Pinhole trajectories for SPECT imaging of the breast, axilla, and upper chest


Journal Article

Several methods have been proposed for dedicated SPECT imaging of the breast. Two key characteristics achieved by these methods are shortened distance and lessened attenuation between the SPECT collimator and the breast However, many of these methods are unable to image the important regions of the axilla and upper chest Partial-Circle pinhole trajectories can image into the axilla, but only over a narrow axial range. Here we propose X and X-Line trajectories that can effectively image a broad axial range of the breast, axilla, and upper chest. The X and X-Line trajectories provide a third dimension of pinhole displacement, which is key to expanding the range of sufficient sampling. In order to investigate spatial variations in the imaging characteristics of different pinhole trajectories, phantoms were constructed with hot lesions and Defrise slabs distributed throughout the breast and torso. Projection data were computer simulated, and images were reconstructed by OSEM. These studies indicate that all three trajectories can sample activity well into the axilla. However, the axial range of good sampling is narrow with the Partial-Circle trajectory. The X and X-Line trajectories provide good sampling well into the axilla and over a broad axial range. The convex hulls of the X and X-Line trajectories encompass the breast and much of the axilla and upper chest, thereby satisfying Tuy's condition for sufficient sampling of those regions, truncation issues aside. The spatial extent of the convex hull is tunable. At the same time, the X and X-Line trajectories achieve two other key characteristics of dedicated SPECT breast imaging: Shortened average distance and lessened average attenuation between the collimator, i.e. the pinhole, and the breast and other nearby tissue of interest. © 2006 IEEE.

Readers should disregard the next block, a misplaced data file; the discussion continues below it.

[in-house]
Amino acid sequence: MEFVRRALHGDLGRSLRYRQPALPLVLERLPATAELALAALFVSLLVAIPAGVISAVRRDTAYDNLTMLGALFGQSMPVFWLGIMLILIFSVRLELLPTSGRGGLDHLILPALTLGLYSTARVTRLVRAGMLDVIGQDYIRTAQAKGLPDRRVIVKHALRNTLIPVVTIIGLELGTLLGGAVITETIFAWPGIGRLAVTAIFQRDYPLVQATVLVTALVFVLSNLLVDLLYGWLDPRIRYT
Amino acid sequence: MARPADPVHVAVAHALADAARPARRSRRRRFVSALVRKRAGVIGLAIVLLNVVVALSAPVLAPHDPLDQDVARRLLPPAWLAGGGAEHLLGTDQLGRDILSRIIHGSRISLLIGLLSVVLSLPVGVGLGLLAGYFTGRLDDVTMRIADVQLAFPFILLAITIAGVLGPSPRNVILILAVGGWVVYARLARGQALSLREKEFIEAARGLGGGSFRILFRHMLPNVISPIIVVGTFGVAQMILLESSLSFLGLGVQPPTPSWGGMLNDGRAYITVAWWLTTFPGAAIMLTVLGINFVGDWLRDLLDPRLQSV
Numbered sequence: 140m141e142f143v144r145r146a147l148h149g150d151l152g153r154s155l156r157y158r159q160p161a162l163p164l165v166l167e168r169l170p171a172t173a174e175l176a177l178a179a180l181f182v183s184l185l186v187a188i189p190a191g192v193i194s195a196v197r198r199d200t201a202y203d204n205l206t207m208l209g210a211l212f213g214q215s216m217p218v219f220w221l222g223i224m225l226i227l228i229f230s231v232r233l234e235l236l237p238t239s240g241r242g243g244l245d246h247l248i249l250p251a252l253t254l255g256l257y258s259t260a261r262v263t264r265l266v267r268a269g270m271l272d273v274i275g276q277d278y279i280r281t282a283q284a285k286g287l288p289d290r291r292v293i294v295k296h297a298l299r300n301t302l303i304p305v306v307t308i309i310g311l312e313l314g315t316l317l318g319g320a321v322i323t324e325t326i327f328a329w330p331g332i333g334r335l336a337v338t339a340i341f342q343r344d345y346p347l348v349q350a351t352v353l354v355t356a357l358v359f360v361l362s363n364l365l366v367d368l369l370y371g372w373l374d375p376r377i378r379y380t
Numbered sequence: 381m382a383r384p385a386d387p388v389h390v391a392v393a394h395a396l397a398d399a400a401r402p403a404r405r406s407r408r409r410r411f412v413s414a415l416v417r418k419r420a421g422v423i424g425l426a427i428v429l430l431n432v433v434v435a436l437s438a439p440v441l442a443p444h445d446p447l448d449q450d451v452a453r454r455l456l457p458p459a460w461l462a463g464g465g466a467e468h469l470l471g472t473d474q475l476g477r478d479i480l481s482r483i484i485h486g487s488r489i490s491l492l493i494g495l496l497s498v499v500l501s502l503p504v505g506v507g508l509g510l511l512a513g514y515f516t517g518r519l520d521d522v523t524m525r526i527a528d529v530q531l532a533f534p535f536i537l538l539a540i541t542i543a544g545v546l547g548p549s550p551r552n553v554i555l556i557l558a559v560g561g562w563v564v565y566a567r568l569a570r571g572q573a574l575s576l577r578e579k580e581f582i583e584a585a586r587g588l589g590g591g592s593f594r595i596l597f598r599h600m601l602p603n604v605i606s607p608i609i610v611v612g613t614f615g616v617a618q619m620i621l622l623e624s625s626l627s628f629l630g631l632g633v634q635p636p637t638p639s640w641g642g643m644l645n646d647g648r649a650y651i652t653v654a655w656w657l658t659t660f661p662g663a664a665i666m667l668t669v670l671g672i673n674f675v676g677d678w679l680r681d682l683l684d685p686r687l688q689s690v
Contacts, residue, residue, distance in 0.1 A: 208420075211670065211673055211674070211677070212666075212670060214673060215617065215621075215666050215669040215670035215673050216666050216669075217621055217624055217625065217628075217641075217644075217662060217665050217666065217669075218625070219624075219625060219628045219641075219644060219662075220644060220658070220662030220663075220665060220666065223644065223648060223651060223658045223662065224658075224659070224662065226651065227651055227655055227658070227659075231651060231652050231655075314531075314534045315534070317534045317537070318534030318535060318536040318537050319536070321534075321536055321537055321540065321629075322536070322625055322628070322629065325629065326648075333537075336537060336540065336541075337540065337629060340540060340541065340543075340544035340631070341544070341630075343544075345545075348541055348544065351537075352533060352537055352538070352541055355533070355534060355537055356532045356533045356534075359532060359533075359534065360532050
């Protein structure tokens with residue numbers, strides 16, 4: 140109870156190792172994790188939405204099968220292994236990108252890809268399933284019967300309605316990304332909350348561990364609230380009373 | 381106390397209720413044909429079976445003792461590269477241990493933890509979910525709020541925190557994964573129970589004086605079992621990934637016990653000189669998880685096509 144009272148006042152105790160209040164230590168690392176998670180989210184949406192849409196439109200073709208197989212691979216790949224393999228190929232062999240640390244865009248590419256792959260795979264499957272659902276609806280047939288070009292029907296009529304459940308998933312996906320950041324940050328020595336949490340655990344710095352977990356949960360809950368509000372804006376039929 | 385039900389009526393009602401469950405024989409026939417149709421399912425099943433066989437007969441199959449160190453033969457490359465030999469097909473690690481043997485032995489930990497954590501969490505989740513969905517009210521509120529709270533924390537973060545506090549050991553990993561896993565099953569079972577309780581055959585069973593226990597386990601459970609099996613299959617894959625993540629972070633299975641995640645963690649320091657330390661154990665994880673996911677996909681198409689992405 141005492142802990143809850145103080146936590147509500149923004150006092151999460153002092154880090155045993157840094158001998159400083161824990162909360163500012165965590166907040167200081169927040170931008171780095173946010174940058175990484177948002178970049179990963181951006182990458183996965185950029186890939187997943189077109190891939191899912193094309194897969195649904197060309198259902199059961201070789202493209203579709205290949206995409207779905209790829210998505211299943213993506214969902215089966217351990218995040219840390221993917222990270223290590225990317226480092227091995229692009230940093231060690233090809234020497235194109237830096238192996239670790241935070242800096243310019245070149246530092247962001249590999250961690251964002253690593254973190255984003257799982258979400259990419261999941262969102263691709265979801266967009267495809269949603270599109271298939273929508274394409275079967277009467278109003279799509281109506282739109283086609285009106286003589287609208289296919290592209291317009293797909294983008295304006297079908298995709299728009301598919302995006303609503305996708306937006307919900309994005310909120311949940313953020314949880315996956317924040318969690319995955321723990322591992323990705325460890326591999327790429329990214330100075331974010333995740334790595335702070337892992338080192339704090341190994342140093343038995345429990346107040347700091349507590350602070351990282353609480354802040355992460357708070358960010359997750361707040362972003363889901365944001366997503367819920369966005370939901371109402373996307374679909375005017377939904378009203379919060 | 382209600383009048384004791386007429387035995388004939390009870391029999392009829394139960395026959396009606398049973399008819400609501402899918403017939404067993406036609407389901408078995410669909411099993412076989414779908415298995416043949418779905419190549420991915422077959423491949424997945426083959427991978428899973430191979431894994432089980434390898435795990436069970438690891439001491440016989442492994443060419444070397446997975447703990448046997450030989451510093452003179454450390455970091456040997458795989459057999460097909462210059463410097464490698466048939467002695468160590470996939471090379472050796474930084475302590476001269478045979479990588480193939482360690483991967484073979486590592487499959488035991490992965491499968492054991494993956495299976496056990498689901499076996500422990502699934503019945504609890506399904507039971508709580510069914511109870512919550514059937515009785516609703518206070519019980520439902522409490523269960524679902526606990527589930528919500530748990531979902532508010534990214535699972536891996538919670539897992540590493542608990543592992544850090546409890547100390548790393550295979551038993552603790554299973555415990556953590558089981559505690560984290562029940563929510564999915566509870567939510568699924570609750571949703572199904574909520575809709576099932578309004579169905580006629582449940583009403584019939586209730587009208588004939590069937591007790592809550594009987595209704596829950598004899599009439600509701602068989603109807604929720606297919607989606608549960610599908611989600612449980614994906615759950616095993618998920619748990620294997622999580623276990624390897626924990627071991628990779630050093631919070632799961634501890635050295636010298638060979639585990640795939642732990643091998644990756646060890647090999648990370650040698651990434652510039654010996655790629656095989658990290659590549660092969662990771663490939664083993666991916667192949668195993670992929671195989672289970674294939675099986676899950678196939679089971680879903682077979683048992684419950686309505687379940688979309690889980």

Full Text

Duke Authors

Cited Authors

  • Bowsher, JE; Roper, JR; Peter, J; Jaszczak, RJ

Published Date

  • December 1, 2007

Published In

Volume / Issue

  • 4 /

Start / End Page

  • 2387 - 2389

International Standard Serial Number (ISSN)

  • 1095-7863

Digital Object Identifier (DOI)

  • 10.1109/NSSMIC.2006.354393

Citation Source

  • Scopus